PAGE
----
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Famine looms in South Sudan

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Famine looms in South Sudan

Post by Joanna on Fri Jul 25 2014, 14:49

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Famine Looms as Cholera Strikes the Children of South Sudan

Tuesday 15, Jul, 2014
Tags: Justin Byworth, staff stories
World Vision UK CEO, Justin Byworth, has just returned from a trip to see the dramatic, life-threatening impact that the conflict in South Sudan is having on more than half of its population. Hunger is rife and famine is looming, but it's the new - and very real - threat of cholera that poses the most immediate danger.

By Justin Byworth, CEO, World Vision UK

The wide open spaces and wind in the hair on the boat to Wau Shilluk felt a relief from the claustrophobic atmosphere of the UN camp we had just left.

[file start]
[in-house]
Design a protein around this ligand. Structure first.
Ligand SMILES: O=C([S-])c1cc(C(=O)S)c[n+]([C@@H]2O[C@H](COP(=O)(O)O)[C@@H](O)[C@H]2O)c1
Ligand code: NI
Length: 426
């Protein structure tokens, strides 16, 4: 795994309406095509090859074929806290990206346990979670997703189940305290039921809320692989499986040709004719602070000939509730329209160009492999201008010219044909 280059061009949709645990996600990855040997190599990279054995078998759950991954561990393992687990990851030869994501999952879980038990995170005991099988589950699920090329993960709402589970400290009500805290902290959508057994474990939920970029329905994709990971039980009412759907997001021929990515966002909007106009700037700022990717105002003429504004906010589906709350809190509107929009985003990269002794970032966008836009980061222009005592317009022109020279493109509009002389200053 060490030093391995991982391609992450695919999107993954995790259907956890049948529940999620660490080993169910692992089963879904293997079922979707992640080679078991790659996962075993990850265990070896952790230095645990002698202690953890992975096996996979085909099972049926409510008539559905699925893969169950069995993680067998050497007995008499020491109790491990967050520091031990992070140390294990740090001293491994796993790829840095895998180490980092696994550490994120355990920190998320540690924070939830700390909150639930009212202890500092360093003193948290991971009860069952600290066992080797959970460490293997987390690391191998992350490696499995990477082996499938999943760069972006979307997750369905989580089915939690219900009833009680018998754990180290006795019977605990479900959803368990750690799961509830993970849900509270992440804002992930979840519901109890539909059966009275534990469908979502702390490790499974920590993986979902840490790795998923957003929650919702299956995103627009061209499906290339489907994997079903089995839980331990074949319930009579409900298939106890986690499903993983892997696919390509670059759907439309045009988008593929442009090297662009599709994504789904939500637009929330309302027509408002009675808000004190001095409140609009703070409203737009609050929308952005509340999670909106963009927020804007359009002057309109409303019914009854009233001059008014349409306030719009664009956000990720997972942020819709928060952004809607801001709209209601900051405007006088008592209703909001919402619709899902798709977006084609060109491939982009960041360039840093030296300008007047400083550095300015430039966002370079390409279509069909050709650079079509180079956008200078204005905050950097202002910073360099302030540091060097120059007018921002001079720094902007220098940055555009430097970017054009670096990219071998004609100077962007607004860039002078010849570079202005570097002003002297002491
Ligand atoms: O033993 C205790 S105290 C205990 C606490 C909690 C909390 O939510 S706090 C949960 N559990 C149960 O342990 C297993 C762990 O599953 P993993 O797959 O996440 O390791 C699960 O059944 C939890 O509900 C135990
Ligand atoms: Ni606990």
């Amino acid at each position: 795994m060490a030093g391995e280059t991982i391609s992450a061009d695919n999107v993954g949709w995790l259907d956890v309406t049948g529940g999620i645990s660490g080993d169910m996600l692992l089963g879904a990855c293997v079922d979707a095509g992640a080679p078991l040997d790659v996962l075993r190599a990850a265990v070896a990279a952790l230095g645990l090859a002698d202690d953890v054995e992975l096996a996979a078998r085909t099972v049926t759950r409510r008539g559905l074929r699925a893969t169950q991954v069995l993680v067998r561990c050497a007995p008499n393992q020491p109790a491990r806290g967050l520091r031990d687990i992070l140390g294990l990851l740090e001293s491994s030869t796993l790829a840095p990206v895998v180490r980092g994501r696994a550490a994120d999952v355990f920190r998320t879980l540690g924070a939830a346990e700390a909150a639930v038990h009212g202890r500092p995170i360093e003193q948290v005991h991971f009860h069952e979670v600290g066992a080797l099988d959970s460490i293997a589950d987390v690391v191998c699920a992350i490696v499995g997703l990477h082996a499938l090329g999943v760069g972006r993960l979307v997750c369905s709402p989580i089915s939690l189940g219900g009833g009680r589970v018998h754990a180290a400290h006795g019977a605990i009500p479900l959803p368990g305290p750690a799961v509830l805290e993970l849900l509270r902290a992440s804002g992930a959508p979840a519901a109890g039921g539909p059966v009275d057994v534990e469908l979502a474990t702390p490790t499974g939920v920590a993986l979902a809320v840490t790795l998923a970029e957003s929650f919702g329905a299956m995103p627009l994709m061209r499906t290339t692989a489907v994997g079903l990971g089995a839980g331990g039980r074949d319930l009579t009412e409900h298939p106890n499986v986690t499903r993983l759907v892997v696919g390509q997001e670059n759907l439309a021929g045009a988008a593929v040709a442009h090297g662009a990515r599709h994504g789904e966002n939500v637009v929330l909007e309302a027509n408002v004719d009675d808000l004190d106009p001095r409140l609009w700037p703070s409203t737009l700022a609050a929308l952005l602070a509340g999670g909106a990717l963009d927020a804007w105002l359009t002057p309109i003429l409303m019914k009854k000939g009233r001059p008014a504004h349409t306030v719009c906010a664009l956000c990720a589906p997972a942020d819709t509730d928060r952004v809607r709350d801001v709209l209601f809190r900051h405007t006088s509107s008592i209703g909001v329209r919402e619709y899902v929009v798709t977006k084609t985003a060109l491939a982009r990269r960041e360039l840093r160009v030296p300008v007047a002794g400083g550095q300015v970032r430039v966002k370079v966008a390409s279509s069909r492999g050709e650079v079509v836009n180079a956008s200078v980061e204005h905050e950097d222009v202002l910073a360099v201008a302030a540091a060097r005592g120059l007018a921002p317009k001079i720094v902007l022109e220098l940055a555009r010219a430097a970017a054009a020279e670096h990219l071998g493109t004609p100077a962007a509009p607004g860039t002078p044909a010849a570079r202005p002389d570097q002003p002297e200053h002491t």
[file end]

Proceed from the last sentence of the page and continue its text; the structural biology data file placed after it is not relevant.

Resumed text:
A few miles downstream and across the Nile river from Malakal lies the small market town of Wau Shilluk, now overwhelmed by a sprawling camp of nearly 40,000 displaced people, with their tarpaulin roofed shelters far outnumbering the domed thatch of the local tukuls (huts).

It was here today that we glimpsed the next crisis that seems doomed to follow the conflict in this part of South Sudan – famine. It’s also where we came face to face with the spectre of cholera which is already stealing the lives of children here.

Food shortages

Nyabet and her eight children have been sheltering here since December. Without the income she used to get as a cleaner in Malakal’s education department or the support of her husband who’s been missing since the fighting, she’s had to walk miles into the bush to forage for firewood to sell so she can buy food for her family. It’s not enough.

All of them have had to survive on smaller and fewer meals. The cost of sorghum, the staple cereal here, has doubled since December. The fish that they used to eat has disappeared from their diet and they can’t afford the few vegetables in the local market.

World Vision’s food distribution in Wau Shilluk last month was the first they’ve received since the fighting and the month’s ration of sorghum, lentils, oil and salt was a lifeline but will only last a few days more.